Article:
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Phylogenetic placement, developmental trajectories and evolutionary implications of a feathered dinosaur tail in Mid-Cretaceous amber

Published on Mar 1, 2017in Current Biology 9.25
· DOI :10.1016/j.cub.2017.01.029
Markus Lambertz6
Estimated H-index: 6
(University of Bonn)
Abstract
Summary In a recent report in Current Biology , Xing and colleagues [1] present a small fragment of a vertebrate tail preserved in amber that bears integumentary appendages (DIP-V-15103, Dexu Institute of Paleontology, Chaozhou, China; Figure 1). Following several analyses using cutting-edge technology the authors conclude that: the tail belongs to a non-avian theropod dinosaur (non-avialan according to the authors, but non-avian used synonymously here); the dinosaur most likely was a member of the Coelurosauria, possibly even Maniraptora; and, the integumentary appendages are feathers that support a barbule-first evolutionary pattern for feathers. DIP-V-15103 is indeed an intriguing specimen with potential implications for contributing to understanding the evolution of feathers among dinosaurs, which remains a current and undoubtedly controversial topic [2,3]. However, I would like to raise several concerns about the available evidence for the phylogenetic hypothesis concerning the placement of DIP-V-15103 as concluded by Xing and colleagues [1], and furthermore discuss the developmental trajectories predicted by them in light of their far-reaching evolutionary implications.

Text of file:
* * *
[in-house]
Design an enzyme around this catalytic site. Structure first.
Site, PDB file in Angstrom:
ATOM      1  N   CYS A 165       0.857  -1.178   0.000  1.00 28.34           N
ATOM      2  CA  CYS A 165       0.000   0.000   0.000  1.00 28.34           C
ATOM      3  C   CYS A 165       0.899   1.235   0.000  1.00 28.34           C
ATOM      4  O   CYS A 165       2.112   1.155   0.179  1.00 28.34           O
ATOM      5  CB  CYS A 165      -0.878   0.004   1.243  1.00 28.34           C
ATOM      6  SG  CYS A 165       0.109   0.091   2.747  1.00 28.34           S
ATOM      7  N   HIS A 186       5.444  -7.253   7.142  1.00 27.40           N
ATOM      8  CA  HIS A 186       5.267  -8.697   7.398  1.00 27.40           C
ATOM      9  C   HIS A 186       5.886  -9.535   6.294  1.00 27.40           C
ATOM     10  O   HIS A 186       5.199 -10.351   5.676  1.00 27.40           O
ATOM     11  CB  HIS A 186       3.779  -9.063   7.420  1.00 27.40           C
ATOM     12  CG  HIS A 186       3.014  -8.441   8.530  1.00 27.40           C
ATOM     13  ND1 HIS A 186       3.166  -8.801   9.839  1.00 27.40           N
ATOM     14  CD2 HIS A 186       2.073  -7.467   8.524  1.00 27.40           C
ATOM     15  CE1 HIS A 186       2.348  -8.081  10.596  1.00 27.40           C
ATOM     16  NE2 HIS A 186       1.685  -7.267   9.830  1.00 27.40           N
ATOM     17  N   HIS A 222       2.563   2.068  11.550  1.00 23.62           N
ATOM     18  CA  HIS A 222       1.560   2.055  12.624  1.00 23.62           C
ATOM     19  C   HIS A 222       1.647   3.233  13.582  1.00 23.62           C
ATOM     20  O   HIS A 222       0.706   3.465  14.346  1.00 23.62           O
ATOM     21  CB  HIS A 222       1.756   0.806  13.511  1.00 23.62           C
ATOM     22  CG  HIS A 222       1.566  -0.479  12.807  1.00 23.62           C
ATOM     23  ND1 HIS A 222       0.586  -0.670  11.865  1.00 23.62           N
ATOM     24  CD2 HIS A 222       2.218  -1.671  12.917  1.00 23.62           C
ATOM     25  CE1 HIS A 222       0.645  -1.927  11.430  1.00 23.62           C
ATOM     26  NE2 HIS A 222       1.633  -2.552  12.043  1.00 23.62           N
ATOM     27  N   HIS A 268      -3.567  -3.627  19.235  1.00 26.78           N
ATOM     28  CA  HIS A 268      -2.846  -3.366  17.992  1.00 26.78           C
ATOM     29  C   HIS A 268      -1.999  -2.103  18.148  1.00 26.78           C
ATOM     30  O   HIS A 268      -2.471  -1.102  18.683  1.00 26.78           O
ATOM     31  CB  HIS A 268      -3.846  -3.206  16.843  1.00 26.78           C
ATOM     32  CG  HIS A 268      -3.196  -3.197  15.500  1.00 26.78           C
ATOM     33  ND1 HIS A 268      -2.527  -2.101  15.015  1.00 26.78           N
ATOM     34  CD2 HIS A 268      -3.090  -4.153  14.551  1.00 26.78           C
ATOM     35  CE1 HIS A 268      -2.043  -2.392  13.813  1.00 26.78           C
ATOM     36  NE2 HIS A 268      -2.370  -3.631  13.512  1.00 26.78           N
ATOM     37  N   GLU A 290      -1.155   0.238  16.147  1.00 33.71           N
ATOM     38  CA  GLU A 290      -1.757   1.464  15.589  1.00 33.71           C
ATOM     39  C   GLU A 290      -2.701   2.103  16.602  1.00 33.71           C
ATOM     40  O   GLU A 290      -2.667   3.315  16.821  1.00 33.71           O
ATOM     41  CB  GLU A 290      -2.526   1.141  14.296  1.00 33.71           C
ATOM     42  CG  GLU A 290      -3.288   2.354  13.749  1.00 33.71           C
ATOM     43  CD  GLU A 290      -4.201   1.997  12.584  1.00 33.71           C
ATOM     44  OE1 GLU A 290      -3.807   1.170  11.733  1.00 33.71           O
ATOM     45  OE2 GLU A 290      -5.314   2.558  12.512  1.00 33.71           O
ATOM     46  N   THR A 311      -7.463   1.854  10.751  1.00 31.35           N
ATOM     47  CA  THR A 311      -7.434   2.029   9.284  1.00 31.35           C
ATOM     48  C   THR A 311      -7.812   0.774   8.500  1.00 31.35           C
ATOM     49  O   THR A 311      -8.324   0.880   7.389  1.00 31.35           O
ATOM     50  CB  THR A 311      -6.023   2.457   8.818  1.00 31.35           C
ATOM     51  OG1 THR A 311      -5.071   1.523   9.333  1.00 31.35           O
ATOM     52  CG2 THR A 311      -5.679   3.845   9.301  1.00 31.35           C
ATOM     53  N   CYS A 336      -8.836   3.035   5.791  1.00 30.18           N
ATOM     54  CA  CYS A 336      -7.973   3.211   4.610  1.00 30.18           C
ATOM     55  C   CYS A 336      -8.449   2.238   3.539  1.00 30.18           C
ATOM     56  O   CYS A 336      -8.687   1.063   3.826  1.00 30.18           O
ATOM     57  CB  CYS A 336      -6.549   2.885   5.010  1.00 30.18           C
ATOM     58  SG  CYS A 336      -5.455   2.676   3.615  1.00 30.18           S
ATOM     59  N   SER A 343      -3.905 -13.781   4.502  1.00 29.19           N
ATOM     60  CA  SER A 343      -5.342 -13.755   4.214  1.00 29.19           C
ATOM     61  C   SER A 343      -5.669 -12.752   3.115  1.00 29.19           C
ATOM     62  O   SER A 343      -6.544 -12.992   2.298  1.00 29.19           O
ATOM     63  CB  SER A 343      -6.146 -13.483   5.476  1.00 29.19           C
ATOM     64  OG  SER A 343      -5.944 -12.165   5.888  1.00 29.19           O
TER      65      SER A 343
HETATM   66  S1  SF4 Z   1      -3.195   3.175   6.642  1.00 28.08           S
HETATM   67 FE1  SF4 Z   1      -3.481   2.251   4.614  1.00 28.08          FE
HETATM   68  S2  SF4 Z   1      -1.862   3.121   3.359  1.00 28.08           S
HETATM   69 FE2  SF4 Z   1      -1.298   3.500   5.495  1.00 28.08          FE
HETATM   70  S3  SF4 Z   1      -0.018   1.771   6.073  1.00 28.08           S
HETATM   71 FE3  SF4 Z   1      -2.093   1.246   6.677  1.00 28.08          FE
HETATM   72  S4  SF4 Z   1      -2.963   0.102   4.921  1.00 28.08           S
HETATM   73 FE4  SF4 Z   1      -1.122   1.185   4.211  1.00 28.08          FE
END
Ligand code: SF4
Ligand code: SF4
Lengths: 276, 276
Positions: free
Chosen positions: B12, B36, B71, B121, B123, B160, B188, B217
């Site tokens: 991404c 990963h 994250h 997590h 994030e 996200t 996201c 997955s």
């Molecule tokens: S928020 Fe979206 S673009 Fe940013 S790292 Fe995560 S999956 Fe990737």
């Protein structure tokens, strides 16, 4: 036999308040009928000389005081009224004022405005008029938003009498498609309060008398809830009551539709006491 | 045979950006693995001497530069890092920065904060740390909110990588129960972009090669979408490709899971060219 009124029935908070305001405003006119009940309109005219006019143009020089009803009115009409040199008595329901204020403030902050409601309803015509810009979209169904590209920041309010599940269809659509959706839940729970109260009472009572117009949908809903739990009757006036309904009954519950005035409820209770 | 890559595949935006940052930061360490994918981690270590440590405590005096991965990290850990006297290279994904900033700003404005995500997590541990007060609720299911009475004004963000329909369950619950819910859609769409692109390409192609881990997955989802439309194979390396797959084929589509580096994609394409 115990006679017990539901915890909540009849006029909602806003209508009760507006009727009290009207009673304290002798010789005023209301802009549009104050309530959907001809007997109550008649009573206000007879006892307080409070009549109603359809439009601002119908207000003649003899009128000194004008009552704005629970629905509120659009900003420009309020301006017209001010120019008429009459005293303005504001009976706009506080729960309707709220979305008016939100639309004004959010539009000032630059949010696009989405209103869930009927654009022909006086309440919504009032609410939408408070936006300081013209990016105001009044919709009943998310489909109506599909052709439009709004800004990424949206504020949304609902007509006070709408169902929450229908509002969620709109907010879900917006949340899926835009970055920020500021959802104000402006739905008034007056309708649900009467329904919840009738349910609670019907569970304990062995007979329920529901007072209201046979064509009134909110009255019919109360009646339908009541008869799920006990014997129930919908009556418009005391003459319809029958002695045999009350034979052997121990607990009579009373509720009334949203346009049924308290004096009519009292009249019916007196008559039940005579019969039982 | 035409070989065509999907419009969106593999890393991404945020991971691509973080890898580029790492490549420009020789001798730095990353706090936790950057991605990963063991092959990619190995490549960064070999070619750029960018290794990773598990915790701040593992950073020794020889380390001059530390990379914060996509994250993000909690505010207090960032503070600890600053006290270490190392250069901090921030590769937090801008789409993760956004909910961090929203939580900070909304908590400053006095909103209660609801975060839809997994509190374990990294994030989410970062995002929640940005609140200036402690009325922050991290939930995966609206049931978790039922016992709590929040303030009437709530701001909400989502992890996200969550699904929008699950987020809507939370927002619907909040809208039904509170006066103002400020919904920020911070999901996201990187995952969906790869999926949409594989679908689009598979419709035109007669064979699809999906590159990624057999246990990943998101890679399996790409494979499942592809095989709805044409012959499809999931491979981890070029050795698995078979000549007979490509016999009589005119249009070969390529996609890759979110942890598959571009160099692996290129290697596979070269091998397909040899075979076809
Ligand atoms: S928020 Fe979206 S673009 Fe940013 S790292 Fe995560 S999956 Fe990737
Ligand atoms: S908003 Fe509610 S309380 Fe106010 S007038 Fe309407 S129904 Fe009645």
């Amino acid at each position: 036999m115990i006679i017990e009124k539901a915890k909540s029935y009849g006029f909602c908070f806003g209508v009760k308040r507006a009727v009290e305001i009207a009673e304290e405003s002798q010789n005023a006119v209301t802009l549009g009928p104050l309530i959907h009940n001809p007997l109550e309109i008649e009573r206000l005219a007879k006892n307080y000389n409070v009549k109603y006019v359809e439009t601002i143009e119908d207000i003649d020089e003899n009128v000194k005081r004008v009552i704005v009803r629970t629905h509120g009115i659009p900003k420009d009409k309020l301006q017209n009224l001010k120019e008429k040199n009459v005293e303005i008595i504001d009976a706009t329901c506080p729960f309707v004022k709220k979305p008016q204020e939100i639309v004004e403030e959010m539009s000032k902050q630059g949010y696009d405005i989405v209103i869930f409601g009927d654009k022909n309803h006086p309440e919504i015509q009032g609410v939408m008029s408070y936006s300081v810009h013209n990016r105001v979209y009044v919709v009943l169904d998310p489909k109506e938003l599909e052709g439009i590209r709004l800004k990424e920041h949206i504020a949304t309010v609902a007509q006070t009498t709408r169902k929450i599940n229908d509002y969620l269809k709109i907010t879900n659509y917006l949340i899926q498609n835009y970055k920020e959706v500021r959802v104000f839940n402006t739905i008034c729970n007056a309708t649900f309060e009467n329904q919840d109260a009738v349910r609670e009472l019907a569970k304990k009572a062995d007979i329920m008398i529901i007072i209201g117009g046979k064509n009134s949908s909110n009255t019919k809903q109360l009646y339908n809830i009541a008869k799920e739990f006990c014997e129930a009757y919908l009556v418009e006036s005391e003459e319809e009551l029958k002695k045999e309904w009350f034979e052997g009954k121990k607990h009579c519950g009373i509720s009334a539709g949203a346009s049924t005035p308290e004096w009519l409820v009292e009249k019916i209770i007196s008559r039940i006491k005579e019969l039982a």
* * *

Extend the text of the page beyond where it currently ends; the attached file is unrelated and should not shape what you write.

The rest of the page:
• References (7)
  • Citations (2)
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References7
Newest
Published on Dec 1, 2016in Current Biology 9.25
Lida Xing18
Estimated H-index: 18
(China University of Geosciences),
Ryan C. McKellar5
Estimated H-index: 5
(University of Regina)
+ 11 AuthorsAlexander P. Wolfe47
Estimated H-index: 47
(University of Alberta)
Summary In the two decades since the discovery of feathered dinosaurs [1–3], the range of plumage known from non-avialan theropods has expanded significantly, confirming several features predicted by developmentally informed models of feather evolution [4–10]. However, three-dimensional feather morphology and evolutionary patterns remain difficult to interpret, due to compression in sedimentary rocks [9, 11]. Recent discoveries in Cretaceous amber from Canada, France, Japan, Lebanon, Myanmar, an...